# Instructor's Solutions Manual for Linear Algebra with by Otto and Bretscher and Kyle Burke

By Otto and Bretscher and Kyle Burke

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Extra resources for Instructor's Solutions Manual for Linear Algebra with Applications

Example text

0 a 0 b , where a, b, and c are arbitrary. 40 We will usually have rref(A) =  0 0  0 1 0 0  0 0 . 41 If Ax = b is a “random” system, then rref(A) will usually be  0 0 solution. 42 If Ax = b is a “random” system of three equations with four unknowns, then rref(A) will usually be   1 0 0 a  0 1 0 b  (by Exercise 39), so that the system will have infinitely many solutions (x4 is a free variable). 0 0 1 c . b] will usually be  . 0    . , so that the system is inconsistent. 0  .

Chapter 1              20 16 12 8 4 0 ducks Thus, we find our solutions for  sparrows  :  0  .  15  ,  30  ,  45  ,  60  and  75 . 73 We let x1 be the number of sheep, x2 be the number of goats, and x3 be the number of hogs. We can then 1 4 7 use the two equations   2 x1 + 3 x2 + 2 x3 = 100 and x1 + x2 + x3 = 100 to generate the following augmented matrix: . 4 7. 1  2 3 2 . 100  . 1 1 1.. 100 then reduce it to  1 0 .. 0 − 13 5 . 18 . 1 5 .  40  . 60  40 + 13 5 s  With this, we see that our solutions will be of the form  60 − 18 5 s .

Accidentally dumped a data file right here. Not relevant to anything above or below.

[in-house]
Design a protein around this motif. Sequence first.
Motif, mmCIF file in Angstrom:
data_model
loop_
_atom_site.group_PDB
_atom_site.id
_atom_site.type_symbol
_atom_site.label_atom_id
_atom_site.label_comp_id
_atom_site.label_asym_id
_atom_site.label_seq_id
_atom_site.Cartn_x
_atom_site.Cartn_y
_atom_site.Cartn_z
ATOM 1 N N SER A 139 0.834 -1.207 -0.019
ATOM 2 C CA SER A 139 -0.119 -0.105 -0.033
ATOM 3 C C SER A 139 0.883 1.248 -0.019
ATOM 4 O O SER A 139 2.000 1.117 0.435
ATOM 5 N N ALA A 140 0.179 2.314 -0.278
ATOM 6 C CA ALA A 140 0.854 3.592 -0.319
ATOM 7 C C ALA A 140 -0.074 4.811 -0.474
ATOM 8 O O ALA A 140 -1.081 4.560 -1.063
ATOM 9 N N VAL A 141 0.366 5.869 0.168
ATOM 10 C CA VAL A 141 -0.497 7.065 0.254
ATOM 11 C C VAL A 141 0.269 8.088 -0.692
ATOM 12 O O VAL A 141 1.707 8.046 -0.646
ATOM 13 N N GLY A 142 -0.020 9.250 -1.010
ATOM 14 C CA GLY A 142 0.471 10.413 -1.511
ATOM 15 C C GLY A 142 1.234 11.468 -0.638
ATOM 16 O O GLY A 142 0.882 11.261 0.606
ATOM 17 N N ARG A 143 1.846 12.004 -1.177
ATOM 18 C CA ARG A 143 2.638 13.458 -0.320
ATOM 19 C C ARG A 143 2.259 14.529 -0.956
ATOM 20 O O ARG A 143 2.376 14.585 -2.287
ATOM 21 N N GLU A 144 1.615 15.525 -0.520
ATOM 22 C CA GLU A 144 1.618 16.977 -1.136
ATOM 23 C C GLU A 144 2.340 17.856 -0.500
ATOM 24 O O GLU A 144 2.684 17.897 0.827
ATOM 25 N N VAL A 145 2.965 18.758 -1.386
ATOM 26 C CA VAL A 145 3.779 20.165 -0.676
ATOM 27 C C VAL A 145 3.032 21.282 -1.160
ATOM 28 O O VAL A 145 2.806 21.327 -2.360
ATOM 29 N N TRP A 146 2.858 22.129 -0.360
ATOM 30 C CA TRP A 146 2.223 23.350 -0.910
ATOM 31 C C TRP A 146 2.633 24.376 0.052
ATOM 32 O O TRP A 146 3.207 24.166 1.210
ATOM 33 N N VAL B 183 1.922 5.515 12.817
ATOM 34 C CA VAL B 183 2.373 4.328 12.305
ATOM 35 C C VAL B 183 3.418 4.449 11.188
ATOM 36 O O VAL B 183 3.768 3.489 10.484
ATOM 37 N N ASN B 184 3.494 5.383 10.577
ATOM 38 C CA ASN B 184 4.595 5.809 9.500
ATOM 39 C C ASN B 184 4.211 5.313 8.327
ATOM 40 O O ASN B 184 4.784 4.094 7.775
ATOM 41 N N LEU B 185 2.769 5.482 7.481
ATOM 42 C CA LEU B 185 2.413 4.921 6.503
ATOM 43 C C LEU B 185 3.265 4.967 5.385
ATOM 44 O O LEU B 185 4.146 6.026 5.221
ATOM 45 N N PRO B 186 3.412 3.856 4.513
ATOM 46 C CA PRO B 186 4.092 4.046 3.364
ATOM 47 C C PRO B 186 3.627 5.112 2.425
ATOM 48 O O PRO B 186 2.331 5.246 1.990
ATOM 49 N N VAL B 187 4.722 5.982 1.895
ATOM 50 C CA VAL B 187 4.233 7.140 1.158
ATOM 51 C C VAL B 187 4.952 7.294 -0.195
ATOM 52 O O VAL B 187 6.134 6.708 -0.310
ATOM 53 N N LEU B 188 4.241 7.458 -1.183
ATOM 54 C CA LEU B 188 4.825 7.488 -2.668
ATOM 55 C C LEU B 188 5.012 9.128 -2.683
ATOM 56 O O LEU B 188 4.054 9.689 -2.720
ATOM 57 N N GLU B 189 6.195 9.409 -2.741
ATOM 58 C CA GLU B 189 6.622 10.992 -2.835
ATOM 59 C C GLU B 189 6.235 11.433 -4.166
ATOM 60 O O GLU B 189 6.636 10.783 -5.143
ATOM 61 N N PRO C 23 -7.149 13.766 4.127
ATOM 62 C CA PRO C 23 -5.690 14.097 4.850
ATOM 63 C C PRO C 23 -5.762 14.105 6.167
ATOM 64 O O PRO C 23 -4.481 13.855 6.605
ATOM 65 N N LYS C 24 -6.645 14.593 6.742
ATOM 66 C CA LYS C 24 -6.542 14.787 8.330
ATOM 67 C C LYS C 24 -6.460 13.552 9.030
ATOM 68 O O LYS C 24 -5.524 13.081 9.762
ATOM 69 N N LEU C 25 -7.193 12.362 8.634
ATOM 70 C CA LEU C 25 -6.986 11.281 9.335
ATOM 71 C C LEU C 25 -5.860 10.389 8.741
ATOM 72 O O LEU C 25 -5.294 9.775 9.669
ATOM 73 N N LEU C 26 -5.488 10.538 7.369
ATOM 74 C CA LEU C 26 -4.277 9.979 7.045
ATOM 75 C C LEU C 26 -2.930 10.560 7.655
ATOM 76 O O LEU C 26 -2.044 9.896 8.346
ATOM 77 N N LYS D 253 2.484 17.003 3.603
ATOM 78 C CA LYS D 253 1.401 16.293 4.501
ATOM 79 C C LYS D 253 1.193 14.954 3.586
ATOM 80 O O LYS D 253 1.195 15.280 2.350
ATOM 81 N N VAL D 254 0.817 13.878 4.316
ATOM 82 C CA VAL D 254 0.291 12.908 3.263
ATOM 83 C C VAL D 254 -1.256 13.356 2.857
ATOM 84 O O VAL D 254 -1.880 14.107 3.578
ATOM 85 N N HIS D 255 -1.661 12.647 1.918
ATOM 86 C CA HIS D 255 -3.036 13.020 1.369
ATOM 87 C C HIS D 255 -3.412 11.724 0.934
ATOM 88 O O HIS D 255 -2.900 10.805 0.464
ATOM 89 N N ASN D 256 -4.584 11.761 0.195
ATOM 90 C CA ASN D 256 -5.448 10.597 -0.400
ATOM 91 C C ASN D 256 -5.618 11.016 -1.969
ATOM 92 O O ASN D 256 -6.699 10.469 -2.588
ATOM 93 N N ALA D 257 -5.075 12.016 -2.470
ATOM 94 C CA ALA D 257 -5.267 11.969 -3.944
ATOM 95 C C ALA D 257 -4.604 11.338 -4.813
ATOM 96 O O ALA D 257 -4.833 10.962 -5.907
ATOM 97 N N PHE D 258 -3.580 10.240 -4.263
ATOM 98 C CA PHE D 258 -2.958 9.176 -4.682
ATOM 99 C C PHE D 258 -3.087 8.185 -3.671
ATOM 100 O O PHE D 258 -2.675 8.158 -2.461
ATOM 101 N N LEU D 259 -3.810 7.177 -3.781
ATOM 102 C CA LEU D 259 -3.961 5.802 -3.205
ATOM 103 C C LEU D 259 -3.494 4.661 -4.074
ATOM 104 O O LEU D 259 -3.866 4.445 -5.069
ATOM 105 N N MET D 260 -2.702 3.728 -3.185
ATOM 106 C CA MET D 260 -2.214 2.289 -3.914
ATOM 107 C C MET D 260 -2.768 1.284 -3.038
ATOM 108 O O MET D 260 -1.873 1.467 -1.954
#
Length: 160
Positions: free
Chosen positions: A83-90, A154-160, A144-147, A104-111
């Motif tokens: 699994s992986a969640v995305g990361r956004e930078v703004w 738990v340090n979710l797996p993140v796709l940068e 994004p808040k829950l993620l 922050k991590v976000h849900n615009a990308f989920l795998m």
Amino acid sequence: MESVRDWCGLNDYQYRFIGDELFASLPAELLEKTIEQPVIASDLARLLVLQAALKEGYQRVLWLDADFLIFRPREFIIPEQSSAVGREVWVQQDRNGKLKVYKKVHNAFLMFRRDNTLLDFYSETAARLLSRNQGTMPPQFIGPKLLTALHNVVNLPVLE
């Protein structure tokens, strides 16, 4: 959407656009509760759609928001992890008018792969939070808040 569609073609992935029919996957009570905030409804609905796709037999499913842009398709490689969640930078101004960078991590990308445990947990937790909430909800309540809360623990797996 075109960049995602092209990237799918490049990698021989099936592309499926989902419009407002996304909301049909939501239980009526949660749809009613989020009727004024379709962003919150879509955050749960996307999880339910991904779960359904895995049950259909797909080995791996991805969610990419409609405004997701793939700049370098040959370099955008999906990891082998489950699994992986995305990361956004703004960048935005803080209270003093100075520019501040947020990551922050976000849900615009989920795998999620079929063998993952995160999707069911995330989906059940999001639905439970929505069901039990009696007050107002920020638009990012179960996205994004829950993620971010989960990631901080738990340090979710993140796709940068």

If we let b = c = 1. Then, a = 2−3(1)+9(1) = 58 . 32 For this problem, we set up the same three equations as in Exercise 30. However, here, we  must enforce that  −2 −2 −2 our matrix, A, contains no zero entries. One possible solution to this problem is the matrix  3 1 2 . 33 The ith component of Ax is [0 0 . . 1 . . 0]   = xi . )  xi    ... xn  Therefore, Ax = x. 34 a Ae1 =  d  , Ae2 =  e , and Ae3 =  f . k h g   1 b Be1 = [v1 v2 v3 ]  0  = 1v1 + 0v2 + 0v3 = v1 . 0 Likewise, Be2 = v2 and Be3 = v3 .